Jen Bekman Projects

 

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artist statements: :: Benjamin Donaldson | Summerland

A series of photographs in which subjects are under hypnosis, instructed to experience the most beautiful landscape imaginable.

The title of the series, Summerland was a term used by 19th Century Spiritualists to refer to the afterlife. A contemplation of a possible "heaven" is one of the many places that some of these people may imagine under this hypnotic state. Some other subjects may have a more earthly vision.

I am interested in the expressions that people have while in this hypnotic state, where they are internally experiencing a sublime vista. I have approached this group of pictures as a typology. In this way, the sameness of the images' form allows the viewer to see the differences in each person's gesture and expression more fully. The subject's vision of immense beauty comes from within the imagination, and that hopefully translates, in some way, to his or her image in the photograph. While the viewer has the privilege of knowing the subject's state, the conundrum of never truly knowing what is held within another's mind remains.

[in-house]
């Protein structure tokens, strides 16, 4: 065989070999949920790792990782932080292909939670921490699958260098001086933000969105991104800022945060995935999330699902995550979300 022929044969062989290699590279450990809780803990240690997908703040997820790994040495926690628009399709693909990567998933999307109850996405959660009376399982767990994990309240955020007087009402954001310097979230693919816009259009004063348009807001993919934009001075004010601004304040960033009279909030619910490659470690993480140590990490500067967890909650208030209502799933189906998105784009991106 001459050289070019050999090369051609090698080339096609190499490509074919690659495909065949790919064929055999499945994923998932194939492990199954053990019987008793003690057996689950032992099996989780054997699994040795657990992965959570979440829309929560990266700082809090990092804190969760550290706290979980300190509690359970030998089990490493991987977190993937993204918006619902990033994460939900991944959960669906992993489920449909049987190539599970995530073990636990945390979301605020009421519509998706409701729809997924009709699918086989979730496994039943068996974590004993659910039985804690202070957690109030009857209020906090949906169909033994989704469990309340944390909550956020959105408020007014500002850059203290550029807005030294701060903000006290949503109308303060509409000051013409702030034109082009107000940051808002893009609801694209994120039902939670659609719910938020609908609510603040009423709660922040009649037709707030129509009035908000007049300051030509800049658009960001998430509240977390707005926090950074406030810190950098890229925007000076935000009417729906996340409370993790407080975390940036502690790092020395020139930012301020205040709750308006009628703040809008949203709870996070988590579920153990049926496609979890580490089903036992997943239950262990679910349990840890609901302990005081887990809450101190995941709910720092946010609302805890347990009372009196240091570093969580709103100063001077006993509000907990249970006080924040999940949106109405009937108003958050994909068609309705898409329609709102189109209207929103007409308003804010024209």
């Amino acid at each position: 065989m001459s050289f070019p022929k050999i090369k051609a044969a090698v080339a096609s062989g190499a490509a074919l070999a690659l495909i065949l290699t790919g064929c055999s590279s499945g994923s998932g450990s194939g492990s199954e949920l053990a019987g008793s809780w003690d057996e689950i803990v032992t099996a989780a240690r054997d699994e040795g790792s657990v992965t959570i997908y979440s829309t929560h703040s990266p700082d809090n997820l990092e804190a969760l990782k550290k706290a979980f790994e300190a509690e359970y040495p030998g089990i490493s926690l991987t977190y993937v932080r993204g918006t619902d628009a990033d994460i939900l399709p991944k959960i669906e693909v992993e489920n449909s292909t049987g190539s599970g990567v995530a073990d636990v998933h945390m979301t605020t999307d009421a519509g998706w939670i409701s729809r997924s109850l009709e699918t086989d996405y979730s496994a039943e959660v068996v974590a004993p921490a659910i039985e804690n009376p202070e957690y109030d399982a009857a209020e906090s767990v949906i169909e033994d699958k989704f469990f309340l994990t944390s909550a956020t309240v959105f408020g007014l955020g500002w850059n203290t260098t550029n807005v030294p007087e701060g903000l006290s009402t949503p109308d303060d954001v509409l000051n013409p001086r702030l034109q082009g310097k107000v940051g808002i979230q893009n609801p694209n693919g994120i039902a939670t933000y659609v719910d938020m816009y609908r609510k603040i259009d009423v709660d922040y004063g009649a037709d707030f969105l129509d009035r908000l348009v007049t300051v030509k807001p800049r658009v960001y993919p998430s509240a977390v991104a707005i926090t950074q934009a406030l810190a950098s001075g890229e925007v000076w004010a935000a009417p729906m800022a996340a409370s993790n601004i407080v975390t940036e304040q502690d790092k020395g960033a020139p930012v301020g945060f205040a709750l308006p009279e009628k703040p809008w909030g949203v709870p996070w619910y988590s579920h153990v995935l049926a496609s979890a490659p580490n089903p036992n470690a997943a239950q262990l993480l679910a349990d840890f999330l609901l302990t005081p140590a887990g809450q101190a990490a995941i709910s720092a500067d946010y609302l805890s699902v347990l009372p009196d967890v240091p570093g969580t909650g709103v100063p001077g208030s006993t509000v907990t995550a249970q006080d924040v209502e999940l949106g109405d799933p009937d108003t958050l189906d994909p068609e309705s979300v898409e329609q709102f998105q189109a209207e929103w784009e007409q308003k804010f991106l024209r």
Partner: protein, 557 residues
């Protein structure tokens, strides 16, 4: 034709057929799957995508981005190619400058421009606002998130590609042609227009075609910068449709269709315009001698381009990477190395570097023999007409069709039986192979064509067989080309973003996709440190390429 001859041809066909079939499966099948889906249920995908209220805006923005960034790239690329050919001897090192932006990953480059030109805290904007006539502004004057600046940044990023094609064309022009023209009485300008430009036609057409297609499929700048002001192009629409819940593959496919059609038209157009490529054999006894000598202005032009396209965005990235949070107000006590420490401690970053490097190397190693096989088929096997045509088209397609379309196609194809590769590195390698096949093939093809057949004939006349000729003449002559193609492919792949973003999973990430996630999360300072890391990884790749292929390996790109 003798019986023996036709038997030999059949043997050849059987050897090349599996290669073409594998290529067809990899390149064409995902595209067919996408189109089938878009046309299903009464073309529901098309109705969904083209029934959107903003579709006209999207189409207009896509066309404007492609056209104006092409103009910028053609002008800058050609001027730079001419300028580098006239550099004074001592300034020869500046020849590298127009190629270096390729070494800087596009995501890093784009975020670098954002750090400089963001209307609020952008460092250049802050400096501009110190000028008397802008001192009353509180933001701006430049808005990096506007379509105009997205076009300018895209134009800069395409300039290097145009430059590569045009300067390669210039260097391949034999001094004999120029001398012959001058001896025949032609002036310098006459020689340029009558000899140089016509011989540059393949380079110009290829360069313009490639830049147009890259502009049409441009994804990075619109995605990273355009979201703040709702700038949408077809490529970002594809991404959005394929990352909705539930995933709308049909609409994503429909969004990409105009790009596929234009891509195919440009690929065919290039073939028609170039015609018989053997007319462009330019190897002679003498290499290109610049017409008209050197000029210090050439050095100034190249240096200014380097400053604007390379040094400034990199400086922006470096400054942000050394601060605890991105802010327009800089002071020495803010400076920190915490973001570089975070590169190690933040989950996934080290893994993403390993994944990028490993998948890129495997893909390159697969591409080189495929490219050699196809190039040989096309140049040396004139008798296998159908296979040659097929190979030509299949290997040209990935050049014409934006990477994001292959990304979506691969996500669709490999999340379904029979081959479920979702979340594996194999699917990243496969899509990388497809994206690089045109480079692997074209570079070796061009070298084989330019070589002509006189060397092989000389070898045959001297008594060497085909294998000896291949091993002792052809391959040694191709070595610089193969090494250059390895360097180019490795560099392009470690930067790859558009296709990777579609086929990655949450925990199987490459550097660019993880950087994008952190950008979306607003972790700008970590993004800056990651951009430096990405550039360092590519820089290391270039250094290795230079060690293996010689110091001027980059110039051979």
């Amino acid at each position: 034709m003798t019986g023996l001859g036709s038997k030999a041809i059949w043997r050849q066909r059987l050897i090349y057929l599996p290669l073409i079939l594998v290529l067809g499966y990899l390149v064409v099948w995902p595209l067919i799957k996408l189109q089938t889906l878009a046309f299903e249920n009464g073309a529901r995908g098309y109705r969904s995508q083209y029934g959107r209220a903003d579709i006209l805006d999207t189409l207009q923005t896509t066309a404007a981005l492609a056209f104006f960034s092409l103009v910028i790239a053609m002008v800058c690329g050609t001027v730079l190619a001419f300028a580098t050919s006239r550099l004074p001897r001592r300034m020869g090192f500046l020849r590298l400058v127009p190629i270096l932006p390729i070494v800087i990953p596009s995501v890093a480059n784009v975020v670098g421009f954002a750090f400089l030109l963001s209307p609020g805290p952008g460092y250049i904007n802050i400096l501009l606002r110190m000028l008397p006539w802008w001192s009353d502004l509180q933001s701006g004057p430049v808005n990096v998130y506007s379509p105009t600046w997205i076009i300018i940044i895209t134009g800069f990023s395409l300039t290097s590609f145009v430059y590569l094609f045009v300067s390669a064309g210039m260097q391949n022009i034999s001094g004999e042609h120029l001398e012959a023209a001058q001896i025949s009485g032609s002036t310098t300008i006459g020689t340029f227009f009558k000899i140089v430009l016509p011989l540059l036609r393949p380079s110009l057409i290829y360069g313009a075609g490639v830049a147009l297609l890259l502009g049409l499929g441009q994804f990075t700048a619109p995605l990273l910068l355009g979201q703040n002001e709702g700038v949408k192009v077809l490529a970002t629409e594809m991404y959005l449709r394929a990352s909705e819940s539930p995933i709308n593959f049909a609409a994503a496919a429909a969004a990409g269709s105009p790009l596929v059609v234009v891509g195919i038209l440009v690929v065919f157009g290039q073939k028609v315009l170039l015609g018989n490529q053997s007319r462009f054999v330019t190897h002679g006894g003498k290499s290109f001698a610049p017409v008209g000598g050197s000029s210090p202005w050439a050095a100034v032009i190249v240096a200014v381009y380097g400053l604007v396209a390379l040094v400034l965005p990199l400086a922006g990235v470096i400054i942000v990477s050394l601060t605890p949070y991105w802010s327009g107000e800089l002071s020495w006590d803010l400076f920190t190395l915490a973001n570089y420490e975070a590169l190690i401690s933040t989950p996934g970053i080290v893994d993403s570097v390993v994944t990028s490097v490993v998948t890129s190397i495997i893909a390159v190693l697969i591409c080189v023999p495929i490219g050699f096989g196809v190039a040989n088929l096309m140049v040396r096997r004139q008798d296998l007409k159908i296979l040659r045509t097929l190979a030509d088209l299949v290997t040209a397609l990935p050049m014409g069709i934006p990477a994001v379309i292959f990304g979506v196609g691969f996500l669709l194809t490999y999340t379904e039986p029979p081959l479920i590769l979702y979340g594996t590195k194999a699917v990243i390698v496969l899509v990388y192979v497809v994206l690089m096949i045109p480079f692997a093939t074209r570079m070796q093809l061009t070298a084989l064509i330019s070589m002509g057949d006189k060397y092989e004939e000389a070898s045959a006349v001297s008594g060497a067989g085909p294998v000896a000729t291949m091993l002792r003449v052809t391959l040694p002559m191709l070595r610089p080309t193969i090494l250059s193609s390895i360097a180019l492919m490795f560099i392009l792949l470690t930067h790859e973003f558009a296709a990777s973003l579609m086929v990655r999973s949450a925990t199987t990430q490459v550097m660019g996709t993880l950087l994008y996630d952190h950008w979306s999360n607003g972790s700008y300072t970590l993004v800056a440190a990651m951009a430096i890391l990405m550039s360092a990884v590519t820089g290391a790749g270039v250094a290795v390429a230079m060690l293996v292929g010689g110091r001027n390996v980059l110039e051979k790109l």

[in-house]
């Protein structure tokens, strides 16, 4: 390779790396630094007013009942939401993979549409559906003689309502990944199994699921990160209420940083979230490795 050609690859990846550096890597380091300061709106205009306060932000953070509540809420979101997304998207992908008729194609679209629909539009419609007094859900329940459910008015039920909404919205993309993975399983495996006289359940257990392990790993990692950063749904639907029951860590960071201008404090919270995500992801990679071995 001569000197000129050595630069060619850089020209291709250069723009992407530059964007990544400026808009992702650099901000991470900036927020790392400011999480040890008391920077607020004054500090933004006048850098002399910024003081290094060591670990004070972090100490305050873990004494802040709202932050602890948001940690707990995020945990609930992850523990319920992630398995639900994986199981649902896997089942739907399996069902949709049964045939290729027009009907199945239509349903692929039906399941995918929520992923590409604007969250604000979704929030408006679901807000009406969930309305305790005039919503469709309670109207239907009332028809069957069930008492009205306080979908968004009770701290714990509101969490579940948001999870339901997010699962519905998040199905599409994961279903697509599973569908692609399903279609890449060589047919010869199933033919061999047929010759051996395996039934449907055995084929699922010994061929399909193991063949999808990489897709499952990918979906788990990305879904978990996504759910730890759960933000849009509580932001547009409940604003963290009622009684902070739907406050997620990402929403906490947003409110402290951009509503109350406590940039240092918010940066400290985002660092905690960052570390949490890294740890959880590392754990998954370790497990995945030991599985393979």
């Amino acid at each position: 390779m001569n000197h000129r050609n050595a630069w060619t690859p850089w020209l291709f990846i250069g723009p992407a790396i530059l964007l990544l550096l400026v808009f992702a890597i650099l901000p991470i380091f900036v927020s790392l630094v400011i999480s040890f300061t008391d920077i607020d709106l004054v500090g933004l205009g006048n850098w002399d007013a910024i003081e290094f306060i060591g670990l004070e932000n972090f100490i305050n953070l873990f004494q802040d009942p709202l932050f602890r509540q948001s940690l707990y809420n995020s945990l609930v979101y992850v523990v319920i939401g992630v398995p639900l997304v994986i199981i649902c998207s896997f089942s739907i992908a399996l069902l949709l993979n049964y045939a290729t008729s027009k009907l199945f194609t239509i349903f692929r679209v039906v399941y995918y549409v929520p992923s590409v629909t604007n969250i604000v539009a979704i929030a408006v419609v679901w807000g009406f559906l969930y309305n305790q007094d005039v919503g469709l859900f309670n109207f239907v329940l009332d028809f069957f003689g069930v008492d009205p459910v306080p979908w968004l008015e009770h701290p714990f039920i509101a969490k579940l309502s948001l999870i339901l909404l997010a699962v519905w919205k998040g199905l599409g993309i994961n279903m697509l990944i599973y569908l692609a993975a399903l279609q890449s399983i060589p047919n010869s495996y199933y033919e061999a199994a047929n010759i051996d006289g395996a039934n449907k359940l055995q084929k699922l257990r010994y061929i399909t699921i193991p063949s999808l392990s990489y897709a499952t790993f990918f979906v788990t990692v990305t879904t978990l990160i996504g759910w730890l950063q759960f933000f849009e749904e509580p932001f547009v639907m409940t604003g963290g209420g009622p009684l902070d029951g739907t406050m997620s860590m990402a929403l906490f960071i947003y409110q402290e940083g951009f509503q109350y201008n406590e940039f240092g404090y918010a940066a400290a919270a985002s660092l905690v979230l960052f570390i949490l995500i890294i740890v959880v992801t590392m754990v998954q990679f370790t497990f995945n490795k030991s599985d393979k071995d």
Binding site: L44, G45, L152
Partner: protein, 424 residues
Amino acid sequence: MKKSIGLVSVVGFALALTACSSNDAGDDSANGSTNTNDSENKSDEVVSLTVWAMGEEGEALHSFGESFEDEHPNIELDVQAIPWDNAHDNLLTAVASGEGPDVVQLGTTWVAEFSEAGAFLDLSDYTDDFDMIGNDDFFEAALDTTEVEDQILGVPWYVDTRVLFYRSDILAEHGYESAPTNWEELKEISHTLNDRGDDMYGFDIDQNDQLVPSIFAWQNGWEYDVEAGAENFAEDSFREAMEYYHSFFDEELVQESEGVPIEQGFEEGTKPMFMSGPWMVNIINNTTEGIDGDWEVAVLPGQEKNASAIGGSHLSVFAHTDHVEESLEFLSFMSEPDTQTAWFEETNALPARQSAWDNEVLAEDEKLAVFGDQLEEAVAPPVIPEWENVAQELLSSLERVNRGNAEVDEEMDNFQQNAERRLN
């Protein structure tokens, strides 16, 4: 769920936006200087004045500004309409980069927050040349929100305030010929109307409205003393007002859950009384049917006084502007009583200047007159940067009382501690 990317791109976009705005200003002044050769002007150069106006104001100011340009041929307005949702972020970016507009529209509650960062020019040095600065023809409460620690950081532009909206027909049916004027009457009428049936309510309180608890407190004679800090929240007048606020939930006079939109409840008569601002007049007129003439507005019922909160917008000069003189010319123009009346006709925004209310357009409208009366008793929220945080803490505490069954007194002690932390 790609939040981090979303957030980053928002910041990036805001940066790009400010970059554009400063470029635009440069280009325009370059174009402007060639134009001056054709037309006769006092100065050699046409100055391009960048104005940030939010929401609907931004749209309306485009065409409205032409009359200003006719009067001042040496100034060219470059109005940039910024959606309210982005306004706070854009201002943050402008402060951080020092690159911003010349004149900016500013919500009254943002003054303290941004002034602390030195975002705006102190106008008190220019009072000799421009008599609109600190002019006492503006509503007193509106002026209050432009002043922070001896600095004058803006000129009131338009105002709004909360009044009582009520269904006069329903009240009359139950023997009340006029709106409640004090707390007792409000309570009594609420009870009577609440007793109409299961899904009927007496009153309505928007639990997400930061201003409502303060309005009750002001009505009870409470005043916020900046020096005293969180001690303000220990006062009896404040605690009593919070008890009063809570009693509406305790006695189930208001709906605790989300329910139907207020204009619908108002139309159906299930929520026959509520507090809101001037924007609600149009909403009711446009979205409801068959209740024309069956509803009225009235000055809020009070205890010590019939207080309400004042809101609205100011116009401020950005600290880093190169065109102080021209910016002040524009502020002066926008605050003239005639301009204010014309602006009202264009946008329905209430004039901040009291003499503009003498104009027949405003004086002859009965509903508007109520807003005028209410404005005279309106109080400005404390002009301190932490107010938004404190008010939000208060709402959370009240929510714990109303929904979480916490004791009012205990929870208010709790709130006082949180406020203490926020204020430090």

The form of the photographs comes from a picture made by Alexander Gardner in 1865 of the Lincoln assassination conspirator Paine. The subject in this picture sits against a pock-marked, insignificant sheet of metal. He stares into the camera with a mix of arrogance and dread. He is a man that knows his life will soon expire. It is a picture that I was fascinated with in my youth. I attempted in these pictures to contain something of the mixture of that tarnished backdrop and a man confronting his end on earth. The background used for these pictures should highlight the difference between the mundane locales that we normally inhabit, and those that we hope for in our imaginations.